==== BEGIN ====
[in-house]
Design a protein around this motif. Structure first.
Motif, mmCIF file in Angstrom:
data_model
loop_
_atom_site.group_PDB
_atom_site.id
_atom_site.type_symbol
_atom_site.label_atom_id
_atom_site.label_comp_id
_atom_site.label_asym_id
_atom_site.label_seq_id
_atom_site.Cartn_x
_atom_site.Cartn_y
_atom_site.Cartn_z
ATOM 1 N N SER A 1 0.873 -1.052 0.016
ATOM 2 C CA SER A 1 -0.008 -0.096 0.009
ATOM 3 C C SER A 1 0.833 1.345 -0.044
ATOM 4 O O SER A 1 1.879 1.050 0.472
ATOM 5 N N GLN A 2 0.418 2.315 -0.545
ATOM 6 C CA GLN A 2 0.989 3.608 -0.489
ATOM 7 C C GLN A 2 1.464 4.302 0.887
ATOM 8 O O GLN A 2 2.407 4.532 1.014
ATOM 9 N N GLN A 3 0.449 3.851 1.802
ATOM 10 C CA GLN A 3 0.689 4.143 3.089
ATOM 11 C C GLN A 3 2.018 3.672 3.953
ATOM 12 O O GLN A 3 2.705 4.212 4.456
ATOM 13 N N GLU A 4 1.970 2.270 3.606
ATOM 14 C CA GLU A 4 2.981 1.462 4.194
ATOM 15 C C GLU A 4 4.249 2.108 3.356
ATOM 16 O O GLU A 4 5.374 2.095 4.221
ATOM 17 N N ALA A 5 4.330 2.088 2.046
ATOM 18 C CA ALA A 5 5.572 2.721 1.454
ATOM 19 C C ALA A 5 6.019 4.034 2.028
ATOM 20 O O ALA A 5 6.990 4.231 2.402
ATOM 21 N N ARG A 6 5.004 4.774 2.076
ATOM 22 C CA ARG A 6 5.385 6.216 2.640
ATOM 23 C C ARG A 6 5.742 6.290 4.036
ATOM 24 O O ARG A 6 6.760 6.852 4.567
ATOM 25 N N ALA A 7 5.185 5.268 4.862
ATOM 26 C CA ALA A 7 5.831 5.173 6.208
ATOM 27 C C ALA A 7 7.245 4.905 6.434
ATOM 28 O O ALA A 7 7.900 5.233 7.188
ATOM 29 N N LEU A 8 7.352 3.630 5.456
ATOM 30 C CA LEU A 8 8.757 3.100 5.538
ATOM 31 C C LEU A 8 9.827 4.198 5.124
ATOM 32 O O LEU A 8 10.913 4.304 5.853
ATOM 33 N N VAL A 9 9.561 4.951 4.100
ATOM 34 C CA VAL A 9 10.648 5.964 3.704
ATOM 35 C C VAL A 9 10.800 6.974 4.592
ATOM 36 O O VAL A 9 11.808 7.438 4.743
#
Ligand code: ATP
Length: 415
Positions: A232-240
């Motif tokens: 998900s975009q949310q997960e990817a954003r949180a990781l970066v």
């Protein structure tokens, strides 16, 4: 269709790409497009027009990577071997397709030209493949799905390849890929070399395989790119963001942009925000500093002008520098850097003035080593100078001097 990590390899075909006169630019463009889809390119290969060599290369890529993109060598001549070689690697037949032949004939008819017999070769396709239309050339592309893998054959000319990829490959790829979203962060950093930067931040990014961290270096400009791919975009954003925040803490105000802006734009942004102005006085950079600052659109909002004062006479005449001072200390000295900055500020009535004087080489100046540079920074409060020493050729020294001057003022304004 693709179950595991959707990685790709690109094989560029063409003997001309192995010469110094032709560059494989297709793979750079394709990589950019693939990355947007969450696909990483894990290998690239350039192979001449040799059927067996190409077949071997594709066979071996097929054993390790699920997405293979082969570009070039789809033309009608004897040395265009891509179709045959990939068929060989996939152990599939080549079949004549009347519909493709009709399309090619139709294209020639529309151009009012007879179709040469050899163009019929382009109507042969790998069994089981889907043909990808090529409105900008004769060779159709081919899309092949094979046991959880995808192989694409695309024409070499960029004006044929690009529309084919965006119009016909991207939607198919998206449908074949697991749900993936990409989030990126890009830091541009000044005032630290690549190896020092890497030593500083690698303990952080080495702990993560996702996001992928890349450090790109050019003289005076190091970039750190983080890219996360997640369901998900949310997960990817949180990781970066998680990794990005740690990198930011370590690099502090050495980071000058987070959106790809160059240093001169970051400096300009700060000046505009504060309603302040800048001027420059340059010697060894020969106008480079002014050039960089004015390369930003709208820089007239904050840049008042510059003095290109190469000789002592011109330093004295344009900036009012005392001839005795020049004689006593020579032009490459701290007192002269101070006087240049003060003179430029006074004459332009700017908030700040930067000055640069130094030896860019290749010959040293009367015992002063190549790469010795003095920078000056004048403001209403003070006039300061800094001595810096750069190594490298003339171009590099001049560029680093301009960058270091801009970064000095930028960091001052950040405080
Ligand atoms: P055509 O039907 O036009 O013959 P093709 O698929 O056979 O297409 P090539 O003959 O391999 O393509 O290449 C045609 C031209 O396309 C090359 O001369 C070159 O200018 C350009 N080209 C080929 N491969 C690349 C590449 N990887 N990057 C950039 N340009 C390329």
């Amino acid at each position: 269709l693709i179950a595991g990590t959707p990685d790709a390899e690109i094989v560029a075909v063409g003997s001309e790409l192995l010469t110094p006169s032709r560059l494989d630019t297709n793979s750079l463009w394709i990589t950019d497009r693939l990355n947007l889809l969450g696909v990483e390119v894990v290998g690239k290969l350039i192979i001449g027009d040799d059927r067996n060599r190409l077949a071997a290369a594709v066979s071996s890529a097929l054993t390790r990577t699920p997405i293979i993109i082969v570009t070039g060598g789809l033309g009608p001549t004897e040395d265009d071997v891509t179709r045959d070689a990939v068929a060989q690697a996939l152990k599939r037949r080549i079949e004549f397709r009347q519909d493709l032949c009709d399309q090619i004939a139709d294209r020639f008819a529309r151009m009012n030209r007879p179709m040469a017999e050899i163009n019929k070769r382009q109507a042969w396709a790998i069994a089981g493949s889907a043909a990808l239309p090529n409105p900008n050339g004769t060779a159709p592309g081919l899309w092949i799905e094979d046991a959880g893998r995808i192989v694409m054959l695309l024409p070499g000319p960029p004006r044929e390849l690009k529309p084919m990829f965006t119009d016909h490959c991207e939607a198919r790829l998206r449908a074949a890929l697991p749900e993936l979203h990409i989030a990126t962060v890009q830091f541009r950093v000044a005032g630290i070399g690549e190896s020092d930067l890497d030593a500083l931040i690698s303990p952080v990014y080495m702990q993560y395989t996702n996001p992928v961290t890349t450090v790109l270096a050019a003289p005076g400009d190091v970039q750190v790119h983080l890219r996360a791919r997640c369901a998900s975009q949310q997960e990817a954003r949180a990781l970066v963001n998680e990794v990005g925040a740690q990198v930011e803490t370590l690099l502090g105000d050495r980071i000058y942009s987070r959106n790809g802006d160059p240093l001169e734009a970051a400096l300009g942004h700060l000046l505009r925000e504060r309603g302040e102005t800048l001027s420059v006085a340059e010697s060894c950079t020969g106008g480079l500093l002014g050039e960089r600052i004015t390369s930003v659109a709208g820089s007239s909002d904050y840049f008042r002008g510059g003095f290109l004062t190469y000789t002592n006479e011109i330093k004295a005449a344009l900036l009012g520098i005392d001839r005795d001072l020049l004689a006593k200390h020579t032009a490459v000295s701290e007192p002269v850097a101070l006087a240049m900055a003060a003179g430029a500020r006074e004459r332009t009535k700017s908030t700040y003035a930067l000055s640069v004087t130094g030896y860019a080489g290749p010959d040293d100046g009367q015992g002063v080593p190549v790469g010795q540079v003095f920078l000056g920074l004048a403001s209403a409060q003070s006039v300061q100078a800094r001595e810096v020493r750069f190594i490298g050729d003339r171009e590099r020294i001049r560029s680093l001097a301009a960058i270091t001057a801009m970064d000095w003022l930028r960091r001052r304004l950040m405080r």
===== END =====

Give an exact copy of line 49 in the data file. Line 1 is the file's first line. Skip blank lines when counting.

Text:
ATOM 34 C CA VAL A 9 10.648 5.964 3.704